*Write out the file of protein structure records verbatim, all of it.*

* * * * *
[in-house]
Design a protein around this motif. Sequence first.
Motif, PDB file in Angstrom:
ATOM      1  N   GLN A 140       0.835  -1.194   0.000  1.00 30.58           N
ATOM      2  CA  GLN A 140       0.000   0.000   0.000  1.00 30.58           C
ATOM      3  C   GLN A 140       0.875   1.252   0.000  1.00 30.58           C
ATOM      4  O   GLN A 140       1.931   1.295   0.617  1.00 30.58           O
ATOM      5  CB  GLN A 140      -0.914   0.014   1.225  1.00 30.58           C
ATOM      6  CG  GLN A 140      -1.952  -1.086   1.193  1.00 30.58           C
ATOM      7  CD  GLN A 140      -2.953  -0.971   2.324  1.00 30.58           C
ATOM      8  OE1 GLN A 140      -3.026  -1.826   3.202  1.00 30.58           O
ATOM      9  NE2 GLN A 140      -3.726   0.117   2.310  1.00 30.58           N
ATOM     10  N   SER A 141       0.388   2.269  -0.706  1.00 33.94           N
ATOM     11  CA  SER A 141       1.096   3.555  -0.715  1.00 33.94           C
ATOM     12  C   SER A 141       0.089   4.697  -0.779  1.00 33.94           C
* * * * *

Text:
[in-house]
Design a protein around this motif. Sequence first.
Motif, PDB file in Angstrom:
ATOM      1  N   GLN A 140       0.835  -1.194   0.000  1.00 30.58           N
ATOM      2  CA  GLN A 140       0.000   0.000   0.000  1.00 30.58           C
ATOM      3  C   GLN A 140       0.875   1.252   0.000  1.00 30.58           C
ATOM      4  O   GLN A 140       1.931   1.295   0.617  1.00 30.58           O
ATOM      5  CB  GLN A 140      -0.914   0.014   1.225  1.00 30.58           C
ATOM      6  CG  GLN A 140      -1.952  -1.086   1.193  1.00 30.58           C
ATOM      7  CD  GLN A 140      -2.953  -0.971   2.324  1.00 30.58           C
ATOM      8  OE1 GLN A 140      -3.026  -1.826   3.202  1.00 30.58           O
ATOM      9  NE2 GLN A 140      -3.726   0.117   2.310  1.00 30.58           N
ATOM     10  N   SER A 141       0.388   2.269  -0.706  1.00 33.94           N
ATOM     11  CA  SER A 141       1.096   3.555  -0.715  1.00 33.94           C
ATOM     12  C   SER A 141       0.089   4.697  -0.779  1.00 33.94           C